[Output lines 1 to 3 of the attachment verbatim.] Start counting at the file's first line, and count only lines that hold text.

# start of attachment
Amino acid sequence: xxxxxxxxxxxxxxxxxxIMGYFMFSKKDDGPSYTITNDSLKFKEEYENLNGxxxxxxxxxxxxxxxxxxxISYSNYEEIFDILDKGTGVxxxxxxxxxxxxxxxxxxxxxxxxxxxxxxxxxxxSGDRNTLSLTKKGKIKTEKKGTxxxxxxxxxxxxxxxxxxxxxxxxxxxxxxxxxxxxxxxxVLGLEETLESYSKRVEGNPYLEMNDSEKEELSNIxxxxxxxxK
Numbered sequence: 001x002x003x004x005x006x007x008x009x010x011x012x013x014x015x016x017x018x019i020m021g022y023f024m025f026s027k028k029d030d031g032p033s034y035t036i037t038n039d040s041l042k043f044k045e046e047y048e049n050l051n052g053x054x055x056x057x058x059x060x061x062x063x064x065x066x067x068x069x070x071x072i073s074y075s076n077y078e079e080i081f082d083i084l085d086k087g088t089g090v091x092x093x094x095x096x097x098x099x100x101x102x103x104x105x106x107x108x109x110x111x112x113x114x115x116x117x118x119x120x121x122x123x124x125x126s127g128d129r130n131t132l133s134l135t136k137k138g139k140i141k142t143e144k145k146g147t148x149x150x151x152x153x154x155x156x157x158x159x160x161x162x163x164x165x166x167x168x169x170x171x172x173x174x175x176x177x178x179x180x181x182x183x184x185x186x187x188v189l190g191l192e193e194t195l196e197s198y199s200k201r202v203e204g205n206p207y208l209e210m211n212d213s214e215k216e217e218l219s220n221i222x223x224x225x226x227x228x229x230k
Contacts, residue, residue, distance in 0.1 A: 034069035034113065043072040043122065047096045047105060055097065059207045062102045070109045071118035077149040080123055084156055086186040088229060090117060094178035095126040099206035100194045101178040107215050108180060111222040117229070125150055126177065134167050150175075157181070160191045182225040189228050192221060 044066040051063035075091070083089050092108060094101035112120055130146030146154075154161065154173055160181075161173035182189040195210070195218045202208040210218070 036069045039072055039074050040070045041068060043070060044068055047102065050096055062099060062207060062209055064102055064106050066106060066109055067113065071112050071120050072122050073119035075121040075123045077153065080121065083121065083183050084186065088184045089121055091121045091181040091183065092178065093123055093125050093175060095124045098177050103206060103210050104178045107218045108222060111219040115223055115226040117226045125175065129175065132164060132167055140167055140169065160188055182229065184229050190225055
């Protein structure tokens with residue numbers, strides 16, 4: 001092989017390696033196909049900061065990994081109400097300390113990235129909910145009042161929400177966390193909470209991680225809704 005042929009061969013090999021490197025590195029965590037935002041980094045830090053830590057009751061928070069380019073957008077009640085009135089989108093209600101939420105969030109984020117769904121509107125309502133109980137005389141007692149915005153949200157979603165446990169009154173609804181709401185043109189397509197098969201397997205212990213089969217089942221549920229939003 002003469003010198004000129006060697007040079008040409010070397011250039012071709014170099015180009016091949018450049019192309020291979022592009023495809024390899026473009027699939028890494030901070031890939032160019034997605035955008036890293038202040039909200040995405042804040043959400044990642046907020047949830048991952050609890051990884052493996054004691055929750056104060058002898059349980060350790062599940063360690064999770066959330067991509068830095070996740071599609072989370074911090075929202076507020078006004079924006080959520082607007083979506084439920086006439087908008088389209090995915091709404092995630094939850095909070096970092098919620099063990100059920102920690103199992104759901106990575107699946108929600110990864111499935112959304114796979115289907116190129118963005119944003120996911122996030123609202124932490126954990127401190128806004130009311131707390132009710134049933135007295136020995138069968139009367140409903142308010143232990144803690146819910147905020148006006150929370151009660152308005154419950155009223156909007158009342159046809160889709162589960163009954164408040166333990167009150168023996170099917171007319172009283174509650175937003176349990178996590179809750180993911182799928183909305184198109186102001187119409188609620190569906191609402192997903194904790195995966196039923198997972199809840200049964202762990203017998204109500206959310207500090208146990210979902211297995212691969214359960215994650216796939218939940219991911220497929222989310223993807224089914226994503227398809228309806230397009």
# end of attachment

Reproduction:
Amino acid sequence: xxxxxxxxxxxxxxxxxxIMGYFMFSKKDDGPSYTITNDSLKFKEEYENLNGxxxxxxxxxxxxxxxxxxxISYSNYEEIFDILDKGTGVxxxxxxxxxxxxxxxxxxxxxxxxxxxxxxxxxxxSGDRNTLSLTKKGKIKTEKKGTxxxxxxxxxxxxxxxxxxxxxxxxxxxxxxxxxxxxxxxxVLGLEETLESYSKRVEGNPYLEMNDSEKEELSNIxxxxxxxxK
Numbered sequence: 001x002x003x004x005x006x007x008x009x010x011x012x013x014x015x016x017x018x019i020m021g022y023f024m025f026s027k028k029d030d031g032p033s034y035t036i037t038n039d040s041l042k043f044k045e046e047y048e049n050l051n052g053x054x055x056x057x058x059x060x061x062x063x064x065x066x067x068x069x070x071x072i073s074y075s076n077y078e079e080i081f082d083i084l085d086k087g088t089g090v091x092x093x094x095x096x097x098x099x100x101x102x103x104x105x106x107x108x109x110x111x112x113x114x115x116x117x118x119x120x121x122x123x124x125x126s127g128d129r130n131t132l133s134l135t136k137k138g139k140i141k142t143e144k145k146g147t148x149x150x151x152x153x154x155x156x157x158x159x160x161x162x163x164x165x166x167x168x169x170x171x172x173x174x175x176x177x178x179x180x181x182x183x184x185x186x187x188v189l190g191l192e193e194t195l196e197s198y199s200k201r202v203e204g205n206p207y208l209e210m211n212d213s214e215k216e217e218l219s220n221i222x223x224x225x226x227x228x229x230k
Contacts, residue, residue, distance in 0.1 A: 034069035034113065043072040043122065047096045047105060055097065059207045062102045070109045071118035077149040080123055084156055086186040088229060090117060094178035095126040099206035100194045101178040107215050108180060111222040117229070125150055126177065134167050150175075157181070160191045182225040189228050192221060 044066040051063035075091070083089050092108060094101035112120055130146030146154075154161065154173055160181075161173035182189040195210070195218045202208040210218070 036069045039072055039074050040070045041068060043070060044068055047102065050096055062099060062207060062209055064102055064106050066106060066109055067113065071112050071120050072122050073119035075121040075123045077153065080121065083121065083183050084186065088184045089121055091121045091181040091183065092178065093123055093125050093175060095124045098177050103206060103210050104178045107218045108222060111219040115223055115226040117226045125175065129175065132164060132167055140167055140169065160188055182229065184229050190225055